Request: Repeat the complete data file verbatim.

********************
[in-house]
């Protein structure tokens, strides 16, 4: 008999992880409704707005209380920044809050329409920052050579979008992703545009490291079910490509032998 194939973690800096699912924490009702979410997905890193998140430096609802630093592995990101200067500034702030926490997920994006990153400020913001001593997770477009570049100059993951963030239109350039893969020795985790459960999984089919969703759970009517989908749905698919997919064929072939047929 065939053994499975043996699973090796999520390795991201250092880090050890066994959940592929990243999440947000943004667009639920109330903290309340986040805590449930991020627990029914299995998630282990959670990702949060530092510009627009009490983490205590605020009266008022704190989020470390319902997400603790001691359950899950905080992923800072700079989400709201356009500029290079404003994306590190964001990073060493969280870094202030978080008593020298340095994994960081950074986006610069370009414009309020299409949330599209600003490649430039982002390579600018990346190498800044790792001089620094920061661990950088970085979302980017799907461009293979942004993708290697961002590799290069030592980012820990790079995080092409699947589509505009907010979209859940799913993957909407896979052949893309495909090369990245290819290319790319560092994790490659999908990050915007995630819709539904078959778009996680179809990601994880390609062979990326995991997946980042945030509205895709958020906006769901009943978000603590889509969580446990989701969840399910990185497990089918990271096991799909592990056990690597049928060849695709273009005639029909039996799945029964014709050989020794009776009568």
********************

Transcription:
[in-house]
């Protein structure tokens, strides 16, 4: 008999992880409704707005209380920044809050329409920052050579979008992703545009490291079910490509032998 194939973690800096699912924490009702979410997905890193998140430096609802630093592995990101200067500034702030926490997920994006990153400020913001001593997770477009570049100059993951963030239109350039893969020795985790459960999984089919969703759970009517989908749905698919997919064929072939047929 065939053994499975043996699973090796999520390795991201250092880090050890066994959940592929990243999440947000943004667009639920109330903290309340986040805590449930991020627990029914299995998630282990959670990702949060530092510009627009009490983490205590605020009266008022704190989020470390319902997400603790001691359950899950905080992923800072700079989400709201356009500029290079404003994306590190964001990073060493969280870094202030978080008593020298340095994994960081950074986006610069370009414009309020299409949330599209600003490649430039982002390579600018990346190498800044790792001089620094920061661990950088970085979302980017799907461009293979942004993708290697961002590799290069030592980012820990790079995080092409699947589509505009907010979209859940799913993957909407896979052949893309495909090369990245290819290319790319560092994790490659999908990050915007995630819709539904078959778009996680179809990601994880390609062979990326995991997946980042945030509205895709958020906006769901009943978000603590889509969580446990989701969840399910990185497990089918990271096991799909592990056990690597049928060849695709273009005639029909039996799945029964014709050989020794009776009568």